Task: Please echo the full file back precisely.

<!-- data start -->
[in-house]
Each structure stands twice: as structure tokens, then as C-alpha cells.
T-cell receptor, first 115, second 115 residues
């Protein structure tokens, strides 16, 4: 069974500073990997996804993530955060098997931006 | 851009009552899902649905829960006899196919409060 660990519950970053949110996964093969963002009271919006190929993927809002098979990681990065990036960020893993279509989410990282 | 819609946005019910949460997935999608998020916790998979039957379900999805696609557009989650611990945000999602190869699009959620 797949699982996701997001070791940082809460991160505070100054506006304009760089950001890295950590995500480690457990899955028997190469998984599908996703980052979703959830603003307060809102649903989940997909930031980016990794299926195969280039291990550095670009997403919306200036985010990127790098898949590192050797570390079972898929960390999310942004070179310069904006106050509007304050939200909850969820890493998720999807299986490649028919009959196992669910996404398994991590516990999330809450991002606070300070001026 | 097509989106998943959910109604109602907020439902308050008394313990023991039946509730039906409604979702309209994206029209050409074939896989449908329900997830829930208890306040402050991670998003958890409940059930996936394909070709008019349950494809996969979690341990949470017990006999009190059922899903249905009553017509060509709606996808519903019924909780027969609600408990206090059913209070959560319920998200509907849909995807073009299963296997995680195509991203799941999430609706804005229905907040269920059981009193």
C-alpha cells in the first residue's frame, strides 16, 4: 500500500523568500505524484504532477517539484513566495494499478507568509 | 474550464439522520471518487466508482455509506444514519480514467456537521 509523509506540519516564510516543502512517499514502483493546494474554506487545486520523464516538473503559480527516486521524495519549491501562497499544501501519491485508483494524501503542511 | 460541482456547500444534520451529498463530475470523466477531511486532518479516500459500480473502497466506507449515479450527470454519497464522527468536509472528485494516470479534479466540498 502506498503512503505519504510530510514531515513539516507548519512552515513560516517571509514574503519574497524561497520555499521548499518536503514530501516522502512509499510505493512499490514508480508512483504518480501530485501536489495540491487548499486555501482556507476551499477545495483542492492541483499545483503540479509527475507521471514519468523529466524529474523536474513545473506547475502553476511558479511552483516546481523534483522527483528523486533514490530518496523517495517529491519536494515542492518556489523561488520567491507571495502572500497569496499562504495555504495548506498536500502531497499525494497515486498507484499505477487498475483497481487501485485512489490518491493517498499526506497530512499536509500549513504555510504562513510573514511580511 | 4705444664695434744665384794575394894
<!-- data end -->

[in-house]
Each structure stands twice: as structure tokens, then as C-alpha cells.
T-cell receptor, first 115, second 115 residues
């Protein structure tokens, strides 16, 4: 069974500073990997996804993530955060098997931006 | 851009009552899902649905829960006899196919409060 660990519950970053949110996964093969963002009271919006190929993927809002098979990681990065990036960020893993279509989410990282 | 819609946005019910949460997935999608998020916790998979039957379900999805696609557009989650611990945000999602190869699009959620 797949699982996701997001070791940082809460991160505070100054506006304009760089950001890295950590995500480690457990899955028997190469998984599908996703980052979703959830603003307060809102649903989940997909930031980016990794299926195969280039291990550095670009997403919306200036985010990127790098898949590192050797570390079972898929960390999310942004070179310069904006106050509007304050939200909850969820890493998720999807299986490649028919009959196992669910996404398994991590516990999330809450991002606070300070001026 | 097509989106998943959910109604109602907020439902308050008394313990023991039946509730039906409604979702309209994206029209050409074939896989449908329900997830829930208890306040402050991670998003958890409940059930996936394909070709008019349950494809996969979690341990949470017990006999009190059922899903249905009553017509060509709606996808519903019924909780027969609600408990206090059913209070959560319920998200509907849909995807073009299963296997995680195509991203799941999430609706804005229905907040269920059981009193």
C-alpha cells in the first residue's frame, strides 16, 4: 500500500523568500505524484504532477517539484513566495494499478507568509 | 474550464439522520471518487466508482455509506444514519480514467456537521 509523509506540519516564510516543502512517499514502483493546494474554506487545486520523464516538473503559480527516486521524495519549491501562497499544501501519491485508483494524501503542511 | 460541482456547500444534520451529498463530475470523466477531511486532518479516500459500480473502497466506507449515479450527470454519497464522527468536509472528485494516470479534479466540498 502506498503512503505519504510530510514531515513539516507548519512552515513560516517571509514574503519574497524561497520555499521548499518536503514530501516522502512509499510505493512499490514508480508512483504518480501530485501536489495540491487548499486555501482556507476551499477545495483542492492541483499545483503540479509527475507521471514519468523529466524529474523536474513545473506547475502553476511558479511552483516546481523534483522527483528523486533514490530518496523517495517529491519536494515542492518556489523561488520567491507571495502572500497569496499562504495555504495548506498536500502531497499525494497515486498507484499505477487498475483497481487501485485512489490518491493517498499526506497530512499536509500549513504555510504562513510573514511580511 | 4705444664695434744665384794575394894